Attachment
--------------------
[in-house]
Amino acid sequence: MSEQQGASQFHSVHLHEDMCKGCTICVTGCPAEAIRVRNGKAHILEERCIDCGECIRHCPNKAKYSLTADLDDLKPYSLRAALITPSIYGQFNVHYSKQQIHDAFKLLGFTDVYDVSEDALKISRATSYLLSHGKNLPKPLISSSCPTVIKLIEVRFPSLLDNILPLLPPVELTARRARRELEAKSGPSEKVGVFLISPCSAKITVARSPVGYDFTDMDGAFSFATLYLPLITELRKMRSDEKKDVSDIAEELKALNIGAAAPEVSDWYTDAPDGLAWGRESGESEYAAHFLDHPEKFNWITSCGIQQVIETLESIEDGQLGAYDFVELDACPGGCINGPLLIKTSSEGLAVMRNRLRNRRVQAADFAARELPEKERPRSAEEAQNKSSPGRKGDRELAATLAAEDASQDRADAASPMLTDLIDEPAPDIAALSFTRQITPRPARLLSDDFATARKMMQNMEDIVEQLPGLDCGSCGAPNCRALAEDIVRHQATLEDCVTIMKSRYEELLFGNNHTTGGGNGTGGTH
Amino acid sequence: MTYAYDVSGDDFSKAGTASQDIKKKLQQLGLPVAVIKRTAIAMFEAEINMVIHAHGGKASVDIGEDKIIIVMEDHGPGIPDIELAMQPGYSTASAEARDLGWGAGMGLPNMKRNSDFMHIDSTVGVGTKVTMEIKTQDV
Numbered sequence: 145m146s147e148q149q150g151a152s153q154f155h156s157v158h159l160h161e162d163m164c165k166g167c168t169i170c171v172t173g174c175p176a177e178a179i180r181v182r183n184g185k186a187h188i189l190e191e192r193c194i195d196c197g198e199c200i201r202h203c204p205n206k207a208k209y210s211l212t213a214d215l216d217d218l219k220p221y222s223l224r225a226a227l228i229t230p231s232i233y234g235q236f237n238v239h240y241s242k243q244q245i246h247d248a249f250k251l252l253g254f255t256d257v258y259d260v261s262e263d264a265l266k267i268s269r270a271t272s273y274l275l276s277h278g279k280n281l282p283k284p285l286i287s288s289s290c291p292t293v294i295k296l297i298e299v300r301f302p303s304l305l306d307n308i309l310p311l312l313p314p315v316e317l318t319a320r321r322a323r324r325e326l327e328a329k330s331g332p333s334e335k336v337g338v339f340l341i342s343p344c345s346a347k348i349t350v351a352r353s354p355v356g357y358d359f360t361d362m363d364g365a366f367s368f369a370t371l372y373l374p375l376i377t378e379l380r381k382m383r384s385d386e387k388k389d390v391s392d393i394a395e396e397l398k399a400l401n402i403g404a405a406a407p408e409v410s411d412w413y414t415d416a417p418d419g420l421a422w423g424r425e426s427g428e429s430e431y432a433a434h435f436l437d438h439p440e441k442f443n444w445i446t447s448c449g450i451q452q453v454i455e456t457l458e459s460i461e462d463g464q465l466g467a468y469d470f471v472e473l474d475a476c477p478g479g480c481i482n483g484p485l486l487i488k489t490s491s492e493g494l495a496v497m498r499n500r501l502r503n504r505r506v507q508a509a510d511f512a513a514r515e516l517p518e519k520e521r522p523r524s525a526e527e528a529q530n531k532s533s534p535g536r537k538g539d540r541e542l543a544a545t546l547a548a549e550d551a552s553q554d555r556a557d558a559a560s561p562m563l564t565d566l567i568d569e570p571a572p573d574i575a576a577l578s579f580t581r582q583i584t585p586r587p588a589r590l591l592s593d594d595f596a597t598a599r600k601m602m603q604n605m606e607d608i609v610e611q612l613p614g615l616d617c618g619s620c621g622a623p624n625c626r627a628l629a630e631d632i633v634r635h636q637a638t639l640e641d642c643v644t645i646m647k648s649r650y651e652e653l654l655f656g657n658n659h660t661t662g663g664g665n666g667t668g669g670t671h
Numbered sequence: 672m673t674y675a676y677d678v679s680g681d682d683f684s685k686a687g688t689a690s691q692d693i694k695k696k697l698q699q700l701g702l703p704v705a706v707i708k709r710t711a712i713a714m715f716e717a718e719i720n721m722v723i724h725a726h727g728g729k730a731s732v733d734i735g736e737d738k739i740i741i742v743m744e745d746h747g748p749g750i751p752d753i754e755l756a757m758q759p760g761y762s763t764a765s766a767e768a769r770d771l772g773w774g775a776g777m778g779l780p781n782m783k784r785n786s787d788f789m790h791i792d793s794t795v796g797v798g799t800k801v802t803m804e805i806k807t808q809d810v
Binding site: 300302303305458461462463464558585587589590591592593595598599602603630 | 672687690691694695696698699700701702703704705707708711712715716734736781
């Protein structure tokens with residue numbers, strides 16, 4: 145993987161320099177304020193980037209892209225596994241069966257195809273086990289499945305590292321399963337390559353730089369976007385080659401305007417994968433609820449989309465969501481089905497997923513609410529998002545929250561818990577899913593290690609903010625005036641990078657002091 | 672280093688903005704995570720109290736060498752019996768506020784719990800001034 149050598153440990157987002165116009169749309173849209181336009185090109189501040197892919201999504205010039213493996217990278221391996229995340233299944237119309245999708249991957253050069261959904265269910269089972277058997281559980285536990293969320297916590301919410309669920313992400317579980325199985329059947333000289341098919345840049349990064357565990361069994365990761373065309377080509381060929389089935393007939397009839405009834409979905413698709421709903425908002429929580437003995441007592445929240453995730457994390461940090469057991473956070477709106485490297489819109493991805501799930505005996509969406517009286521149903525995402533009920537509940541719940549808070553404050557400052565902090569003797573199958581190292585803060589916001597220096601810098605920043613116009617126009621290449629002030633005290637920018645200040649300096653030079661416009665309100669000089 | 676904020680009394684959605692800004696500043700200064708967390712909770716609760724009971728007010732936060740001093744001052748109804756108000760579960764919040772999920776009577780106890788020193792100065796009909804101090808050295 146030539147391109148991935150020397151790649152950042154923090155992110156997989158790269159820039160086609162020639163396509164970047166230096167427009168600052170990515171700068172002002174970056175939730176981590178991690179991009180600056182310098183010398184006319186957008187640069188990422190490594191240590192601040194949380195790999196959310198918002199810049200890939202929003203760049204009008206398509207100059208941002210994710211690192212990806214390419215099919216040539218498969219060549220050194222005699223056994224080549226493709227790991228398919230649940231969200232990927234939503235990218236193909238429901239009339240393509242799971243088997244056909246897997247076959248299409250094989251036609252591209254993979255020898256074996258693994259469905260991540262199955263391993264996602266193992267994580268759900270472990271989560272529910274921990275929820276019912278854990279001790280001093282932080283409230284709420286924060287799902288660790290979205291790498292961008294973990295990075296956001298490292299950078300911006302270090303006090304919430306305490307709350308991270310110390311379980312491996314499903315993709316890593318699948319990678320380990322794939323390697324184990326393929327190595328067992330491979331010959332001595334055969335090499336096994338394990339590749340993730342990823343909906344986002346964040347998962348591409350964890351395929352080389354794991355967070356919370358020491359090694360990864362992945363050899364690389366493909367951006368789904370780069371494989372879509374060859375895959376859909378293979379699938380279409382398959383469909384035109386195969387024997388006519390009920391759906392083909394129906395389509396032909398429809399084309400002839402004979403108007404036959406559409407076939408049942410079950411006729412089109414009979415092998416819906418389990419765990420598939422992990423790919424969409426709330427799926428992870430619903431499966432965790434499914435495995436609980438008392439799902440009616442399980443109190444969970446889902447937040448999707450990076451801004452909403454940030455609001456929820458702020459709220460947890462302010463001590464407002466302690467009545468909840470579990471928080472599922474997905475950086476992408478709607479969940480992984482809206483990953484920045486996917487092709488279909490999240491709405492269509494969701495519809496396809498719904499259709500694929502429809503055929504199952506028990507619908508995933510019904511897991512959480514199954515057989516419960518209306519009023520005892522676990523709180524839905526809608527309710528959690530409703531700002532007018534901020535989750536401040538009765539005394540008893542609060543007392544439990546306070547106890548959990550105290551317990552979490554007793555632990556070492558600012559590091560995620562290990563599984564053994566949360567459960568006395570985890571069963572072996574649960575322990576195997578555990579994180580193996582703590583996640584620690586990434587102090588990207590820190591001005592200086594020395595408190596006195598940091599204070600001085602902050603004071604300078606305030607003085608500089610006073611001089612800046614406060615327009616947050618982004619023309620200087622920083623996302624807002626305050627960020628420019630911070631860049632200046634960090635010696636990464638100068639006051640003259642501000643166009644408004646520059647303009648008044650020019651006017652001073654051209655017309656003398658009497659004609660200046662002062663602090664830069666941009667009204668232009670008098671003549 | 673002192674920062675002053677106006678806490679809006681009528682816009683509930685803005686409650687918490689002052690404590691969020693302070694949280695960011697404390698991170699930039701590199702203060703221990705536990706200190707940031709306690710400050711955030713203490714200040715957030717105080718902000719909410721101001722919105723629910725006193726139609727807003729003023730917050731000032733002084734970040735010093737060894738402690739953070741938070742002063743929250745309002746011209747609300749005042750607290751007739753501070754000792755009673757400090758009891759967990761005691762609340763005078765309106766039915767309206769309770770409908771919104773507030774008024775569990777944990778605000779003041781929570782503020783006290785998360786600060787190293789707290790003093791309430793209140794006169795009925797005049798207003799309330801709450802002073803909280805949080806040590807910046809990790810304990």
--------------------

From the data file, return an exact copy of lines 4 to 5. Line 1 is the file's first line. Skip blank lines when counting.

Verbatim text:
Numbered sequence: 145m146s147e148q149q150g151a152s153q154f155h156s157v158h159l160h161e162d163m164c165k166g167c168t169i170c171v172t173g174c175p176a177e178a179i180r181v182r183n184g185k186a187h188i189l190e191e192r193c194i195d196c197g198e199c200i201r202h203c204p205n206k207a208k209y210s211l212t213a214d215l216d217d218l219k220p221y222s223l224r225a226a227l228i229t230p231s232i233y234g235q236f237n238v239h240y241s242k243q244q245i246h247d248a249f250k251l252l253g254f255t256d257v258y259d260v261s262e263d264a265l266k267i268s269r270a271t272s273y274l275l276s277h278g279k280n281l282p283k284p285l286i287s288s289s290c291p292t293v294i295k296l297i298e299v300r301f302p303s304l305l306d307n308i309l310p311l312l313p314p315v316e317l318t319a320r321r322a323r324r325e326l327e328a329k330s331g332p333s334e335k336v337g338v339f340l341i342s343p344c345s346a347k348i349t350v351a352r353s354p355v356g357y358d359f360t361d362m363d364g365a366f367s368f369a370t371l372y373l374p375l376i377t378e379l380r381k382m383r384s385d386e387k388k389d390v391s392d393i394a395e396e397l398k399a400l401n402i403g404a405a406a407p408e409v410s411d412w413y414t415d416a417p418d419g420l421a422w423g424r425e426s427g428e429s430e431y432a433a434h435f436l437d438h439p440e441k442f443n444w445i446t447s448c449g450i451q452q453v454i455e456t457l458e459s460i461e462d463g464q465l466g467a468y469d470f471v472e473l474d475a476c477p478g479g480c481i482n483g484p485l486l487i488k489t490s491s492e493g494l495a496v497m498r499n500r501l502r503n504r505r506v507q508a509a510d511f512a513a514r515e516l517p518e519k520e521r522p523r524s525a526e527e528a529q530n531k532s533s534p535g536r537k538g539d540r541e542l543a544a545t546l547a548a549e550d551a552s553q554d555r556a557d558a559a560s561p562m563l564t565d566l567i568d569e570p571a572p573d574i575a576a577l578s579f580t581r582q583i584t585p586r587p588a589r590l591l592s593d594d595f596a597t598a599r600k601m602m603q604n605m606e607d608i609v610e611q612l613p614g615l616d617c618g619s620c621g622a623p624n625c626r627a628l629a630e631d632i633v634r635h636q637a638t639l640e641d642c643v644t645i646m647k648s649r650y651e652e653l654l655f656g657n658n659h660t661t662g663g664g665n666g667t668g669g670t671h
Numbered sequence: 672m673t674y675a676y677d678v679s680g681d682d683f684s685k686a687g688t689a690s691q692d693i694k695k696k697l698q699q700l701g702l703p704v705a706v707i708k709r710t711a712i713a714m715f716e717a718e719i720n721m722v723i724h725a726h727g728g729k730a731s732v733d734i735g736e737d738k739i740i741i742v743m744e745d746h747g748p749g750i751p752d753i754e755l756a757m758q759p760g761y762s763t764a765s766a767e768a769r770d771l772g773w774g775a776g777m778g779l780p781n782m783k784r785n786s787d788f789m790h791i792d793s794t795v796g797v798g799t800k801v802t803m804e805i806k807t808q809d810v